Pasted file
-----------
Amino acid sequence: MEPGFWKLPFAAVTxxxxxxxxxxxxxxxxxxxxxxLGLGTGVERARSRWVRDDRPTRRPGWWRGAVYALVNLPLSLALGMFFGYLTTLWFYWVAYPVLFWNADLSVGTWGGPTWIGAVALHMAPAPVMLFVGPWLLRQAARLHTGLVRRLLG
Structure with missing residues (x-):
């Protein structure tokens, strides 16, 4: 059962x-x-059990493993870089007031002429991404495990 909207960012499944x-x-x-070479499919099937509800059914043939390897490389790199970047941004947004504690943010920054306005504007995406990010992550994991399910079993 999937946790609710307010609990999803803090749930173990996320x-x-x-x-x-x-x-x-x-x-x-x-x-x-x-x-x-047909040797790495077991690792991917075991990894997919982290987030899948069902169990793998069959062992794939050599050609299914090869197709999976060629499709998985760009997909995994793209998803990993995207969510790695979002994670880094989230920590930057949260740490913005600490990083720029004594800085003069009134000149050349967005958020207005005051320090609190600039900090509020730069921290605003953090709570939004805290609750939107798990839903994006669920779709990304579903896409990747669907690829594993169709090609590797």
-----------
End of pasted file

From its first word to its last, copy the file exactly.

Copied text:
Amino acid sequence: MEPGFWKLPFAAVTxxxxxxxxxxxxxxxxxxxxxxLGLGTGVERARSRWVRDDRPTRRPGWWRGAVYALVNLPLSLALGMFFGYLTTLWFYWVAYPVLFWNADLSVGTWGGPTWIGAVALHMAPAPVMLFVGPWLLRQAARLHTGLVRRLLG
Structure with missing residues (x-):
């Protein structure tokens, strides 16, 4: 059962x-x-059990493993870089007031002429991404495990 909207960012499944x-x-x-070479499919099937509800059914043939390897490389790199970047941004947004504690943010920054306005504007995406990010992550994991399910079993 999937946790609710307010609990999803803090749930173990996320x-x-x-x-x-x-x-x-x-x-x-x-x-x-x-x-x-047909040797790495077991690792991917075991990894997919982290987030899948069902169990793998069959062992794939050599050609299914090869197709999976060629499709998985760009997909995994793209998803990993995207969510790695979002994670880094989230920590930057949260740490913005600490990083720029004594800085003069009134000149050349967005958020207005005051320090609190600039900090509020730069921290605003953090709570939004805290609750939107798990839903994006669920779709990304579903896409990747669907690829594993169709090609590797």